… he is a combination anti-Jackie Chan and a modern day send-up of a Fu-Manchu-less villain. Oh, and did I mention? He's NAKED.

So does hilarious, yet repugnant, add up to progress? Does the mainstream visibility that Kwon emphasized in the roundtable outweigh some of the persistent sexual stereotyping against Asian American men?

I'm curious to know what others think, and in the meantime, Yul Kwon offered this astute prescription at the roundtable:

I think if we fundamentally want to change stereotypes of Asian Americans and redefine Asian American men as being men, you have to… show there are Asian American men that meet that Westernized definition and also change that definition (of masculinity) itself.

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Comments

8 comments have been made. Post a comment.

I'm going to fall on the

I'm going to fall on the pro-Jeong side of this argument - I don't think you can fit him neatly into the 'socially inept, sexually repellent Asian guy' stereotype without leaving a couple aspects of his character hanging. First of all, there's this kiss:

http://www.youtube.com/watch?v=sGN_LAt86A8

- which is admittedly played for laughs, but still - Chang and the ex clearly didn't split up because he's sexually repellent to her.

His character became much more 1-dimensional in S2, but I think that was a byproduct of Dan Harmon not really having a direction in mind for Chang. Hopefully the security guard storyline will be a good launching point for a better Chang-arc.

Agreed. I think that Chang as

Agreed. I think that Chang as an authority figure that the rest of the group is thrown against like in season 1 works much better than whiny Chang who wants to be part of the group, like season 2. I thought the salsa dance with his hot ex wife was fantastic in season 1, then they just dropped it. I think they ended up going for more of a Sue Sylvester type of character. So yes, hoping for more of a character arc for Chang in season 3.

Asian Mystique

I recommend the book _Asian Mystique_, which addresses the issue of Asian stereotypes in a casual, conversational tone. It focuses more on women (as sex objects or dragon ladies) but also mentions stereotypes about Asian men.

representativeness itself is a problem

I like this essay a lot, it's made me think carefully about what I find so hilarious about the Chang character on *Community* (I have not seen *the Hangover*). And I agree with some of the previous comments, Chang's character does seem to productively mess with some of our culture's stereotypes about Asian men (i.e. there is nothing about Chang that could be described as passive). The overall problem, of course, is that there are so few representations of Asian men on American television that we have to look at this one actor in one part and say - -what does this say about representations of Asians & As-Americans in the media?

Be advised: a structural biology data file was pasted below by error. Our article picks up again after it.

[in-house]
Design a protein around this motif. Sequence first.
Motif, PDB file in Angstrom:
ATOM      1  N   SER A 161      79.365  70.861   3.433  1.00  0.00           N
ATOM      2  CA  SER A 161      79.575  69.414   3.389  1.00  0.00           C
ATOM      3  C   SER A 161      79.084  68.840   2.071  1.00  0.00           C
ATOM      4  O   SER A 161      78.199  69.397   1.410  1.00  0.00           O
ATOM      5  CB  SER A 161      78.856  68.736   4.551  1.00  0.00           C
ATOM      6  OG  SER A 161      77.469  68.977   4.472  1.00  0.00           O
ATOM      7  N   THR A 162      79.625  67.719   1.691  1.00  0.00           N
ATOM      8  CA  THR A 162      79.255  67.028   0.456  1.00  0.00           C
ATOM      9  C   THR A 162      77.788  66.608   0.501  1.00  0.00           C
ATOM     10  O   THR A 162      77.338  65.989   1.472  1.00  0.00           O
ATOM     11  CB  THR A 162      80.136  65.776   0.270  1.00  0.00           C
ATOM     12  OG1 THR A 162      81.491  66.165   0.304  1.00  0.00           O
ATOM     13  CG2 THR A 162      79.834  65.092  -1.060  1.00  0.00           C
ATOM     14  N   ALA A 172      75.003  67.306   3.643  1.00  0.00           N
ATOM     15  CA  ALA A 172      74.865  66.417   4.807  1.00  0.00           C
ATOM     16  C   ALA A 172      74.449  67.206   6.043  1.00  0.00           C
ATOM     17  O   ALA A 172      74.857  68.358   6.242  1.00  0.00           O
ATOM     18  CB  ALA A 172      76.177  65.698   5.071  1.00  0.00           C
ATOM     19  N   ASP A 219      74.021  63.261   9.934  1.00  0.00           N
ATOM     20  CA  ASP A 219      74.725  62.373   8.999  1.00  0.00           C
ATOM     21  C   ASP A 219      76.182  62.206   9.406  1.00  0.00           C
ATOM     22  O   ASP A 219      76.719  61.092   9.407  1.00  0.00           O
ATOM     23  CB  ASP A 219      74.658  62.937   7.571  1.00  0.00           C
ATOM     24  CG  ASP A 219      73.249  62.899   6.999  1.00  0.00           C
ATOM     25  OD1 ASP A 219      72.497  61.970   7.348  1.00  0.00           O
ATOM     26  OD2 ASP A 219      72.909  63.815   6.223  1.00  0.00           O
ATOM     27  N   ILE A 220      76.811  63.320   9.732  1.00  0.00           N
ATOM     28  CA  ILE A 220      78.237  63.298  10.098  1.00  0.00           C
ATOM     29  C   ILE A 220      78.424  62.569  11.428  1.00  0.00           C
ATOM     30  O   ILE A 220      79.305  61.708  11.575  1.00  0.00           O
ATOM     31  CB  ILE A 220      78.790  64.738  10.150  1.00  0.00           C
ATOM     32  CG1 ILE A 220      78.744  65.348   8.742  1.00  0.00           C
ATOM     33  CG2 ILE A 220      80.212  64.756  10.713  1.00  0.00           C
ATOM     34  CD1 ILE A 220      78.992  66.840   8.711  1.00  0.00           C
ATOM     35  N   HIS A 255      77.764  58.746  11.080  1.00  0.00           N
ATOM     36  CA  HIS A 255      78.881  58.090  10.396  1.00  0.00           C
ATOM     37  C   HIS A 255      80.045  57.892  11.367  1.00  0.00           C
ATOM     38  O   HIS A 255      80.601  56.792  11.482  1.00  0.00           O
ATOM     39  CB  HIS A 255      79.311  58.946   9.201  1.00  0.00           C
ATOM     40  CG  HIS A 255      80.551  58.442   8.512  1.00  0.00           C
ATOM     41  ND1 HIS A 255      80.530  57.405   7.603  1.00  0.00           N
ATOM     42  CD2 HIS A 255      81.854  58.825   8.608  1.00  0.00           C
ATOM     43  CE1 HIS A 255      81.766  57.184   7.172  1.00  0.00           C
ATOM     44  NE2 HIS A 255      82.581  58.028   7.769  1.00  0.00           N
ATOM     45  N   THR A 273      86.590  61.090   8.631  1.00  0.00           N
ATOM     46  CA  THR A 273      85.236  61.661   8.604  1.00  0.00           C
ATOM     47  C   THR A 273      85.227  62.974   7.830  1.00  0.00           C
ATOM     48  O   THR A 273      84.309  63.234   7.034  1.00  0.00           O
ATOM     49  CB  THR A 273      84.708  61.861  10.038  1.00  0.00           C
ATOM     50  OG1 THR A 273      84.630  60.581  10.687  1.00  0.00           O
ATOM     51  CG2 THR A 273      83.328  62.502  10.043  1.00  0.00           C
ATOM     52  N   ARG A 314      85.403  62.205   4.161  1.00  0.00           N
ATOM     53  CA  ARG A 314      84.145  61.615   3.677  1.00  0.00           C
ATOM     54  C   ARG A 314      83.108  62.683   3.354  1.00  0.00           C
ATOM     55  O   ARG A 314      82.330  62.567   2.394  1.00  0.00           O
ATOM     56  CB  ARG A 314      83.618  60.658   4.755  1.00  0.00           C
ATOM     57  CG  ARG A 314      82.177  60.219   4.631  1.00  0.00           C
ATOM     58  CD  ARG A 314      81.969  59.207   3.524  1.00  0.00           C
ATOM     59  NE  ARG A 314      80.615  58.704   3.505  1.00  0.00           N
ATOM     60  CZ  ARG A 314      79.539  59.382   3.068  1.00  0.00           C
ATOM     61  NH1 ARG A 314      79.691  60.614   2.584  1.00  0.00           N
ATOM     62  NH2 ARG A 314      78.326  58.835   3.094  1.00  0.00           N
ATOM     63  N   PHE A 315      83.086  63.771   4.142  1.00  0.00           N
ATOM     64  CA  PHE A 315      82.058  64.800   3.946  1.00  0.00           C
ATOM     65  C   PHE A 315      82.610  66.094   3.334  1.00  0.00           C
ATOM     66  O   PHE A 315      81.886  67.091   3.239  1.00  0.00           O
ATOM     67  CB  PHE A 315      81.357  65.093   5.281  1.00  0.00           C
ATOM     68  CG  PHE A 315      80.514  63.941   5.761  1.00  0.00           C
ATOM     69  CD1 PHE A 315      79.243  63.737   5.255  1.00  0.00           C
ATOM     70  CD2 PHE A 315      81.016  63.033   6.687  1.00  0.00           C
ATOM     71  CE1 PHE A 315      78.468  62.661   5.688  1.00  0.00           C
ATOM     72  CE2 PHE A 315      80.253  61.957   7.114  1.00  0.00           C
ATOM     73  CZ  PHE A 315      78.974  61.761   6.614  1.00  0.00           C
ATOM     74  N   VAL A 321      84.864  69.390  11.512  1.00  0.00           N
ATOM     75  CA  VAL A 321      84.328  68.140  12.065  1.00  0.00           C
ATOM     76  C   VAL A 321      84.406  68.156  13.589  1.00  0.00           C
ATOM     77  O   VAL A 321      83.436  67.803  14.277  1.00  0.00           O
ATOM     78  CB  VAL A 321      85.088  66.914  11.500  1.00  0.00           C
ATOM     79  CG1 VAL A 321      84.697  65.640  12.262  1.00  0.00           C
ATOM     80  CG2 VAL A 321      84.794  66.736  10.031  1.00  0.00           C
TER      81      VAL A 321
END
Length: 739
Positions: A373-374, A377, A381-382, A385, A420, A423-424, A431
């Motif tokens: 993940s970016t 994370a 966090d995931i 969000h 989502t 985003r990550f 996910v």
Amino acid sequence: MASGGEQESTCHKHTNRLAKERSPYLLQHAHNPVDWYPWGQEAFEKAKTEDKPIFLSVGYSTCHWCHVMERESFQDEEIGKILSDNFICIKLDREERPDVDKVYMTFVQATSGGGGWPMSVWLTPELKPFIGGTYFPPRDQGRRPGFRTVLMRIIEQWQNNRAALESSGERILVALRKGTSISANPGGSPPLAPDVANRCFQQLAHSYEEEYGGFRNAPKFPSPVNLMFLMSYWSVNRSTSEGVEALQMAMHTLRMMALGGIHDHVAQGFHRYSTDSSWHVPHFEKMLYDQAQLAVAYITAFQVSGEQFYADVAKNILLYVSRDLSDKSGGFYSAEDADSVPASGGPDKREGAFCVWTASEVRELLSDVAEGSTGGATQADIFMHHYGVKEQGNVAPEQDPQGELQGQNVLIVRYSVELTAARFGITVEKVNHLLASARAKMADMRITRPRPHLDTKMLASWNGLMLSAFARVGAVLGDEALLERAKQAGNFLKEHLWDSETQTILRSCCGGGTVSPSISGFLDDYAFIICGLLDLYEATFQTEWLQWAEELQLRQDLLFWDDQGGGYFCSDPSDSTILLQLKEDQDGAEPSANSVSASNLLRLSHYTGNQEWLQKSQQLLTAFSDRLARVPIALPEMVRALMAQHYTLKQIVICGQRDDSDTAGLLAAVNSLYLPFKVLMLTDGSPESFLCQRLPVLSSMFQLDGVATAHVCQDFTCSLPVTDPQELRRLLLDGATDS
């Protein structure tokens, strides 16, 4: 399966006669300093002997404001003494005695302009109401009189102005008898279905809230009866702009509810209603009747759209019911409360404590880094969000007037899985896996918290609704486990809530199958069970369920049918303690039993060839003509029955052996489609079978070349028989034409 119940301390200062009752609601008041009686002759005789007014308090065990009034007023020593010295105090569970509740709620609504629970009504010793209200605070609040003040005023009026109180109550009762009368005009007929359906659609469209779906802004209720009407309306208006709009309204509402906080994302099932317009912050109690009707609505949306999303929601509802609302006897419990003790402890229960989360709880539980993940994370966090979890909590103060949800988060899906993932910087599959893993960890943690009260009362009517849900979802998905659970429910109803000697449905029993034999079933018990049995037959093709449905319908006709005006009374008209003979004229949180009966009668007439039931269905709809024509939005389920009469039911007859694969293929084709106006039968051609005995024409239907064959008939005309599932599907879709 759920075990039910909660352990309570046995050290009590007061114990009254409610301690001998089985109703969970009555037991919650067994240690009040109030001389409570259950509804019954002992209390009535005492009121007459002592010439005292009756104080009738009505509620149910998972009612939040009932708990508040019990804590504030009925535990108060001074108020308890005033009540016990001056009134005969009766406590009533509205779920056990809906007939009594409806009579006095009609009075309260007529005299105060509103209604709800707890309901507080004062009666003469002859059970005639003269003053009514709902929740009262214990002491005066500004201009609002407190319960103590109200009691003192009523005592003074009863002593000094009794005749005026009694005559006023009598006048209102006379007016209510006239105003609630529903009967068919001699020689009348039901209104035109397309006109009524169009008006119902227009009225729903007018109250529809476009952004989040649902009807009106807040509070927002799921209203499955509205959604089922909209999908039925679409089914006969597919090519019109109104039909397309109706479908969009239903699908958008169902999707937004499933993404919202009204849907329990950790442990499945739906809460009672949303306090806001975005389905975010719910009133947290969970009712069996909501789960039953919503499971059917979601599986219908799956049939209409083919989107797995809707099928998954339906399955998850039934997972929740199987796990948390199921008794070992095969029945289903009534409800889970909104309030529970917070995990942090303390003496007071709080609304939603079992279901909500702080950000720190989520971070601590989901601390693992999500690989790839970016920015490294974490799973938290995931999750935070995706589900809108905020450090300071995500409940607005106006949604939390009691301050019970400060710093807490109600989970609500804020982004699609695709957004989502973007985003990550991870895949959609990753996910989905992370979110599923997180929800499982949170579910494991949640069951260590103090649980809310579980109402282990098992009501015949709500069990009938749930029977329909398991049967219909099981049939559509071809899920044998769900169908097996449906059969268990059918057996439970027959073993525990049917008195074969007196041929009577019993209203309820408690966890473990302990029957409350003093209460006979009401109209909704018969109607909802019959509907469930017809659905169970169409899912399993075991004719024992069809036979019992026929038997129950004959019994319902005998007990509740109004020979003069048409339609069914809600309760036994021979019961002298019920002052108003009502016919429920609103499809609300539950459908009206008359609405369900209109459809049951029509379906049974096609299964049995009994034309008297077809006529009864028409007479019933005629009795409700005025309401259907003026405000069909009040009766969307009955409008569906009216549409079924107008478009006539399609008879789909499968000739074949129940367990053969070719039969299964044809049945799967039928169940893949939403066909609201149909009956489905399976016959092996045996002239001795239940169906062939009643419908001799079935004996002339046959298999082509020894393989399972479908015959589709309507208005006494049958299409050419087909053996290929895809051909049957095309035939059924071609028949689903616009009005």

Lack of Asian American Actor role models

I'm not sure being "hilarious yet repugnant" is helpful in changing masculine stereotypes or Asian stereotypes. Why can't we have Asians on television like Grant Imahara on Mythbusters? He makes people proud to be Asian, he's attractive and people can relate to him.

As a special plug to Good Girls Marry Doctors, the more Asians we have on television that we can be proud of the more acceptable it would be for Asian students to pick media as a profession. Currently, Asians run away from media because it's seen as a bad investment for a career.

Mr. Chow follows a great tradtion

I've only seen Jeong in both Hangover movies as Mr. Chow. I thought he was by far the best character in either movie. A scene stealer for sure. I don't think that his character was progressive in any particular way beyond the fact that actors of other ethnicites have also played the 'all out insane drug dealer' supporting role. Drug dealer/party animals have a reoccurring place in a lot of comedies as catalysts for disaster or excuses for unlikely plot developments Think Dante's character in Grandma's Boy, Dr. Gonzo in Fear and Loathing, and Frank Booth in Blue velvet. These are all far-out characters that add a whole other level of crazy to each of these films. They're idiosyncratic, sexually charged (Dante...not so much probably due to his drug of choice, but he does get naked), and they all seem to inhabit a world of their own.

Mr. Chow is a great addition to this roster of far-our roles. He just happens to be Asian American, but I really didn't think that was the dominant trait of his character.

strangly enough

Ken Jeong was also cast in Vampires Suck (ugh, don't ask) as the evil vampire lord, Daro. The interesting part being the original high vampire lords in the Twilight film's this is satirizing, are deathly pale, ancient European nobility but Jeong's performance had no jokes or acknowledgement of race or skin color. He seemed to be cast purely because he did a great job parodying the vampire lord's incredibly hammy performance.

Daniel Dae Kim is INCREDIBLY

Daniel Dae Kim is INCREDIBLY sexy. That is all.